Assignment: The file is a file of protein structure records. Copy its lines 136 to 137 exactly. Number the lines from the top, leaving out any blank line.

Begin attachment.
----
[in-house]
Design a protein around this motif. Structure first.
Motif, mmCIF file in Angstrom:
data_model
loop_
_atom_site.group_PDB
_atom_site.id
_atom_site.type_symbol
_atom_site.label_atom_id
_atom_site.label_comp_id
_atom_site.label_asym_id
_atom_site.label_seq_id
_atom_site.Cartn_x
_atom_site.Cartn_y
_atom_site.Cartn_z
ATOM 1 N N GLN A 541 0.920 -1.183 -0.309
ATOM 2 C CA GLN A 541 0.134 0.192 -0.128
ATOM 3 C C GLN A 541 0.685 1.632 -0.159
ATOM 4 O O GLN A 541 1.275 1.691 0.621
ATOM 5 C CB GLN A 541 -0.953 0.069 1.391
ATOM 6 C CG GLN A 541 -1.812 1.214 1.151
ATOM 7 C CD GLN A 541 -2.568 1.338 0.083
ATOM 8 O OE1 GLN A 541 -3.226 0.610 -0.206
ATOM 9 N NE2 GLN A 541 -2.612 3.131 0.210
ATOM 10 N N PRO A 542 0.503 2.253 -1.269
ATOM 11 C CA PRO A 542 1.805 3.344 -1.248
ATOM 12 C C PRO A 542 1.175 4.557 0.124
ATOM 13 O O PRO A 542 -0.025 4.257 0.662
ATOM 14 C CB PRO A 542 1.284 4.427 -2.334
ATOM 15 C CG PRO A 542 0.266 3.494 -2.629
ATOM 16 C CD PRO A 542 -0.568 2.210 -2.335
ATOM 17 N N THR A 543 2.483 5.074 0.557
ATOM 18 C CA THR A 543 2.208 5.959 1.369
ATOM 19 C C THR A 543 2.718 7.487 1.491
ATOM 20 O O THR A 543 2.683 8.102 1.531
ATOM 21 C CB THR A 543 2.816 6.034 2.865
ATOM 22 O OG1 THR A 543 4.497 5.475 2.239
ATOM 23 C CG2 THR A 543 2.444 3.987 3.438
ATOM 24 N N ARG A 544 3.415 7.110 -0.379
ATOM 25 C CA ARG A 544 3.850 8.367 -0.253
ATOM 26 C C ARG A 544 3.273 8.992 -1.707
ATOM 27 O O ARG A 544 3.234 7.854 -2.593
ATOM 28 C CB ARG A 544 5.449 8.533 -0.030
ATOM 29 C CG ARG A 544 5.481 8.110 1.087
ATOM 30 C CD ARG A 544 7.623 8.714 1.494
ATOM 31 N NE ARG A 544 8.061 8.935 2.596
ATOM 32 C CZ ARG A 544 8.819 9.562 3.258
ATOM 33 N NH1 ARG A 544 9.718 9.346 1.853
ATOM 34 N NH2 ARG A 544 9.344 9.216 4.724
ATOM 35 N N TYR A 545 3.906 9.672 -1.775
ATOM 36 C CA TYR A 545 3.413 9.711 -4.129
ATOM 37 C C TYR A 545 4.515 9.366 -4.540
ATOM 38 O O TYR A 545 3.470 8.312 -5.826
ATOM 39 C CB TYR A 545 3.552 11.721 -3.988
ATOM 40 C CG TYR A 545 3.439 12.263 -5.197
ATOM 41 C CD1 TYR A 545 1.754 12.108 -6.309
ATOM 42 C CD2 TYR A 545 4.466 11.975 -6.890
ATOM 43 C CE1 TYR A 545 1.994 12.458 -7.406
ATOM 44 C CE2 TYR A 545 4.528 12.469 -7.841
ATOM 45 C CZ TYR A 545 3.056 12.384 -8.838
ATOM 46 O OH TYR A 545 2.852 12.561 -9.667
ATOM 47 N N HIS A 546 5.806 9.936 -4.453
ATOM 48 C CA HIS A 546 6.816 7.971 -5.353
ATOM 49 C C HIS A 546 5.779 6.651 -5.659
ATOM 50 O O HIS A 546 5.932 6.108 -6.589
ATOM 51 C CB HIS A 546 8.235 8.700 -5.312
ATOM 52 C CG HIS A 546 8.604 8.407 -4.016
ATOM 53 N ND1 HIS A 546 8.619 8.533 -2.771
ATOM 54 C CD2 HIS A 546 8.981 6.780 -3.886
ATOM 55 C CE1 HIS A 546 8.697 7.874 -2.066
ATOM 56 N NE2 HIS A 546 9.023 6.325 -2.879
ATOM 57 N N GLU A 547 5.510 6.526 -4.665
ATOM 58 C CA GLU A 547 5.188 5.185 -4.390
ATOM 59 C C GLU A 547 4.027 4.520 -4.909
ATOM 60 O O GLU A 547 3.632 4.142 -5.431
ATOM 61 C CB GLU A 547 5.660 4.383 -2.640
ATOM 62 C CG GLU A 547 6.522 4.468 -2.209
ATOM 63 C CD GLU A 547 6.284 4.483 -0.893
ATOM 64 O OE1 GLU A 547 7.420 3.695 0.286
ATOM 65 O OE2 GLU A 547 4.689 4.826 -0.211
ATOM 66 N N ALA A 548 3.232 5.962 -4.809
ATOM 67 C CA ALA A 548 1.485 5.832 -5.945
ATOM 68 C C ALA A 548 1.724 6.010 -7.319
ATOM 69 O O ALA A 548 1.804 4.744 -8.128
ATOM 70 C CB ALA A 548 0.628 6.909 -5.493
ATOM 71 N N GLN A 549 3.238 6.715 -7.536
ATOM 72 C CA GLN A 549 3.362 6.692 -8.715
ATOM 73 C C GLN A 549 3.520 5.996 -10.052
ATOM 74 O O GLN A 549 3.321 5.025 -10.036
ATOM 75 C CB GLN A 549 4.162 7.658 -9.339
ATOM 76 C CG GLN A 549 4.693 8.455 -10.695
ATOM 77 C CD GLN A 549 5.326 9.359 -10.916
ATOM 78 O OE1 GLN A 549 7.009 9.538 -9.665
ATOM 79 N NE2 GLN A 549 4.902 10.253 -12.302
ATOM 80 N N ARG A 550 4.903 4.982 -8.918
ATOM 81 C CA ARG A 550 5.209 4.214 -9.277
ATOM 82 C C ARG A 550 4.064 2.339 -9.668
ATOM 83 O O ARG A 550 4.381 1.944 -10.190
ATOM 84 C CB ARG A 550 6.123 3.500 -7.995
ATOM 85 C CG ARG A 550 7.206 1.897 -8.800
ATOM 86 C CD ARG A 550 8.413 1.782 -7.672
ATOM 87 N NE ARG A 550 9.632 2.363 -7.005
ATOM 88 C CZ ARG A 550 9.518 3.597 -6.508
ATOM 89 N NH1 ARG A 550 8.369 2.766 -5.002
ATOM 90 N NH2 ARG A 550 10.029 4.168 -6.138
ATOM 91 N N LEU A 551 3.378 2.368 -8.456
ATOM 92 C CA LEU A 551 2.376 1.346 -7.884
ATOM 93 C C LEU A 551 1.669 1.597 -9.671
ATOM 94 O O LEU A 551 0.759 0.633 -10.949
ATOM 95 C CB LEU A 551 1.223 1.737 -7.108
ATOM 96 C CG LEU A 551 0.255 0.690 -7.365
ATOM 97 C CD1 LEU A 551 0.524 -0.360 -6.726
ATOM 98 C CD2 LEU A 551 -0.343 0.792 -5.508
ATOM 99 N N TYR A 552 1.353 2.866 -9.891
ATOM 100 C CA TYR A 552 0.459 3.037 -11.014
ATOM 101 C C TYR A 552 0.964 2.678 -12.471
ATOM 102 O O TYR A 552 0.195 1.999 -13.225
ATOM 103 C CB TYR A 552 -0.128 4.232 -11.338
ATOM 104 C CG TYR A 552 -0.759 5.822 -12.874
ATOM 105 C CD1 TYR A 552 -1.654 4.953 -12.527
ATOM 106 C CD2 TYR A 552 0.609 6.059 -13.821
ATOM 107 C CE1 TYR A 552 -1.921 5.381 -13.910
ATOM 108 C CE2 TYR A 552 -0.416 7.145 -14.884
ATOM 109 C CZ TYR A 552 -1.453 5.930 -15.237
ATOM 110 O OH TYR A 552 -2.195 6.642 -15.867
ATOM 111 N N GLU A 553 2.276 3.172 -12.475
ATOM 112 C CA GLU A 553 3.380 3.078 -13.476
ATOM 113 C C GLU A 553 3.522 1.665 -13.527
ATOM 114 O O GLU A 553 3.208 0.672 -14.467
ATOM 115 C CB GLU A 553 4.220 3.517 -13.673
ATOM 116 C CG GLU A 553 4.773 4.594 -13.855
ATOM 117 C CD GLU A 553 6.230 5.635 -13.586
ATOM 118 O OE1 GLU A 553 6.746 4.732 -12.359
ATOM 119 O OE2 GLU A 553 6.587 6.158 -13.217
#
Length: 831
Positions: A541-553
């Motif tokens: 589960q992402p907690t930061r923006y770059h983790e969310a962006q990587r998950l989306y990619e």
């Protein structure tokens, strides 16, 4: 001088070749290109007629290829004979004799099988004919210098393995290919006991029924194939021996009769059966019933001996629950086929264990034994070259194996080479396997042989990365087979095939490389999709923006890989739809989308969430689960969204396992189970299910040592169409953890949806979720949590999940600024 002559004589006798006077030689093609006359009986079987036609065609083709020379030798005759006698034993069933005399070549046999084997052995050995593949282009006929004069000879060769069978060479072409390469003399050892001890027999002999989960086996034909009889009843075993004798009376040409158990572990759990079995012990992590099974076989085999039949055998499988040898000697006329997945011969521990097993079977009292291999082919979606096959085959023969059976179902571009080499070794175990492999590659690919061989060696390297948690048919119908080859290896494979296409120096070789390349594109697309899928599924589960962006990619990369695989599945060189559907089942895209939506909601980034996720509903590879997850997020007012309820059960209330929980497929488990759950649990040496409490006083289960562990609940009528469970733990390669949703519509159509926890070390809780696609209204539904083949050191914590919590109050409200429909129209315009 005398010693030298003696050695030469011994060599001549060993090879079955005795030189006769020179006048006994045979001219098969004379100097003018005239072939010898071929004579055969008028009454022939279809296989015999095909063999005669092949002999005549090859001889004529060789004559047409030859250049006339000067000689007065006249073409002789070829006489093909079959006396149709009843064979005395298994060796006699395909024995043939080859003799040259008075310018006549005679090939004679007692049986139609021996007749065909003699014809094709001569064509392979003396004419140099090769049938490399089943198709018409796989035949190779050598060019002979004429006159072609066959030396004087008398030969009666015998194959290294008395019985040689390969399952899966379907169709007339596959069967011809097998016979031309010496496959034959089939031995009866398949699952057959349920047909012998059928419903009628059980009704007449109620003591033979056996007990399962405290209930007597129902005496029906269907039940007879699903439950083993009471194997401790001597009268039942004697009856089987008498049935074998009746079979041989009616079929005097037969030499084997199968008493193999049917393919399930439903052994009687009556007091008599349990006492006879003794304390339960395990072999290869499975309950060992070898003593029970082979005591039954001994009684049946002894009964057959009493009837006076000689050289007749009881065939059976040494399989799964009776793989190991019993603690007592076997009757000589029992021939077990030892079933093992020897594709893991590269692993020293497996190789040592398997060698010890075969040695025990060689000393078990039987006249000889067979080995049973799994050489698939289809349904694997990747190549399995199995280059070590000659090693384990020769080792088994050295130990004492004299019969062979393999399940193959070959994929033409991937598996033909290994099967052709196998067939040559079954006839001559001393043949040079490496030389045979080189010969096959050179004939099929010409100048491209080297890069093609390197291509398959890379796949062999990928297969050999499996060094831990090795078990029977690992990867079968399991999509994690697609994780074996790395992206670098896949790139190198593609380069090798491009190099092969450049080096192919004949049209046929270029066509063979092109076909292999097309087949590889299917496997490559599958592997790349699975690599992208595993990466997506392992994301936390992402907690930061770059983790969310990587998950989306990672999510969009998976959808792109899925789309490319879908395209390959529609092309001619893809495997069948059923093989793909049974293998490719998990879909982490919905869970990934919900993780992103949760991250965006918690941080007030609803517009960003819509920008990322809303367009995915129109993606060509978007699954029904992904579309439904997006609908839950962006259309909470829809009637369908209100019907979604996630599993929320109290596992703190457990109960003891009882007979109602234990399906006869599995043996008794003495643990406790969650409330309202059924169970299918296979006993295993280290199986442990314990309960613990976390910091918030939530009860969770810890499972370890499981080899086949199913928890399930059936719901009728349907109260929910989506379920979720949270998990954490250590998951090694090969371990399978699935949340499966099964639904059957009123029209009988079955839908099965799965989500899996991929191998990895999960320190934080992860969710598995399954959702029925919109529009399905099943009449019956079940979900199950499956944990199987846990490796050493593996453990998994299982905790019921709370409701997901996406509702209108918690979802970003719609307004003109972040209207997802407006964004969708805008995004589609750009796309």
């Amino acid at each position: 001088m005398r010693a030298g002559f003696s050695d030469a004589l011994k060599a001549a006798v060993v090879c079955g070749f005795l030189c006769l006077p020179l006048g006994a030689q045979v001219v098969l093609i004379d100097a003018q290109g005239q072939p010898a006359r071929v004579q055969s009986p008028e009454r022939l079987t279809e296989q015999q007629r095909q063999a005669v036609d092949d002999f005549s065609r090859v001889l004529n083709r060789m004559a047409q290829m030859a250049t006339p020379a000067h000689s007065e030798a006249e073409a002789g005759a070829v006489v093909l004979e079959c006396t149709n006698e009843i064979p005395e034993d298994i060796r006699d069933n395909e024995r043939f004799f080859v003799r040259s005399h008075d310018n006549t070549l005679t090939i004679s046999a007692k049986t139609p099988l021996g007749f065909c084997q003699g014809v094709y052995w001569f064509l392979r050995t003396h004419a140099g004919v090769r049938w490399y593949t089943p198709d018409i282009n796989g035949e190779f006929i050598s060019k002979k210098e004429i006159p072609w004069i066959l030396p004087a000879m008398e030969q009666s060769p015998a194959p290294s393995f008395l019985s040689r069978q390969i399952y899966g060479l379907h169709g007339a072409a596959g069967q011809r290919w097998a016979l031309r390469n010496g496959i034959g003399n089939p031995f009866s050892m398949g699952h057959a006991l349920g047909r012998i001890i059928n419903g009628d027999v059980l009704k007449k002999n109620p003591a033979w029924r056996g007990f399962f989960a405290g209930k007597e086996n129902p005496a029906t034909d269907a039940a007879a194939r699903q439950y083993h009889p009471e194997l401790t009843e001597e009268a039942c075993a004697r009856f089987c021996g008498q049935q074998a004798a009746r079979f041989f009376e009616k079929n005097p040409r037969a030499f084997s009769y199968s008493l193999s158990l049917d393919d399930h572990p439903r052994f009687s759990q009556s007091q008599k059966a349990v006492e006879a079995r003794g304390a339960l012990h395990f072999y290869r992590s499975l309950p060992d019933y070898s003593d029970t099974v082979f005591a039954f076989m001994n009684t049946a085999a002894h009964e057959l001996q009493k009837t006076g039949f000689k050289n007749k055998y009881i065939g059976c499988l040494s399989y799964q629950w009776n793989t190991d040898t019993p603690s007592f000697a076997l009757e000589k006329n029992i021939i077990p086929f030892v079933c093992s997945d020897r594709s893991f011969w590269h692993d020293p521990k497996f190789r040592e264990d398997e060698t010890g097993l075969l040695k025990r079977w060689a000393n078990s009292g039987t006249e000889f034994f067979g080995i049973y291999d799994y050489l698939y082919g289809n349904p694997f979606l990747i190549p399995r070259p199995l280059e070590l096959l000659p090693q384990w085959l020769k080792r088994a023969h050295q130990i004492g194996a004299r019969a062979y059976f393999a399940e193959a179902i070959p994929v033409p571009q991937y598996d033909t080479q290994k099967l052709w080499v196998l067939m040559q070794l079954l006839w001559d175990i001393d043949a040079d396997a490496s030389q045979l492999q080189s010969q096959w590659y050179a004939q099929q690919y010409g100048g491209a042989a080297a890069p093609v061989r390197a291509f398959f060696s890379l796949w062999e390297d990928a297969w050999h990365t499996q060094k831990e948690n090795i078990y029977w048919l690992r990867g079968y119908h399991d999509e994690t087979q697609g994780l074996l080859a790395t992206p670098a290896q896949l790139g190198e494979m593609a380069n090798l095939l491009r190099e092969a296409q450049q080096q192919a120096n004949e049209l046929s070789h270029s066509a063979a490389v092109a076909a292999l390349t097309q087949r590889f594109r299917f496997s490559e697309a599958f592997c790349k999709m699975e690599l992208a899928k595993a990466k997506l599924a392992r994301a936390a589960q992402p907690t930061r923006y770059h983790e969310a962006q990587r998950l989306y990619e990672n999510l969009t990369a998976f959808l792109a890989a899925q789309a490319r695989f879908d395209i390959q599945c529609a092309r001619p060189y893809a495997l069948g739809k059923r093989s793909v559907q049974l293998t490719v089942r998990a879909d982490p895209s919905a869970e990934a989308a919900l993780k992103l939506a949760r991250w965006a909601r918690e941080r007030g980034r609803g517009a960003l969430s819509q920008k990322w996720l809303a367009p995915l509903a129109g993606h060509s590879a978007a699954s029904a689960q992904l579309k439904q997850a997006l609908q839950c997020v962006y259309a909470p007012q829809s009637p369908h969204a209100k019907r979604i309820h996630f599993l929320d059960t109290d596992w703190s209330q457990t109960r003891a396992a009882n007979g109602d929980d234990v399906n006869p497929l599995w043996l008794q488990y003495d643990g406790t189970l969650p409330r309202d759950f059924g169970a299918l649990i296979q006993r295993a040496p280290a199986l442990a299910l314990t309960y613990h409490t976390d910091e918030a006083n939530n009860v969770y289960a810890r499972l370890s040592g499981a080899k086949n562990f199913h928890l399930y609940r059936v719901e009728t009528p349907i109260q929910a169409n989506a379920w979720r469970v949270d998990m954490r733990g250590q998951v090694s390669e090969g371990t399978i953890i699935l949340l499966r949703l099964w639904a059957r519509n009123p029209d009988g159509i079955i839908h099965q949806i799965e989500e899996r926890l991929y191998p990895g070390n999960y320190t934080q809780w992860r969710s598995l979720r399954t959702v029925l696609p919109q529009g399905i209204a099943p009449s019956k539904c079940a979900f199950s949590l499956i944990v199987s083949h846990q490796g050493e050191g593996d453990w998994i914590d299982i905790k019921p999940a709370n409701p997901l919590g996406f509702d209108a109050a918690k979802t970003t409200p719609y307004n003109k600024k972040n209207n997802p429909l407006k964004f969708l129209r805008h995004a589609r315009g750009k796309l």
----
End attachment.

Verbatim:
Length: 831
Positions: A541-553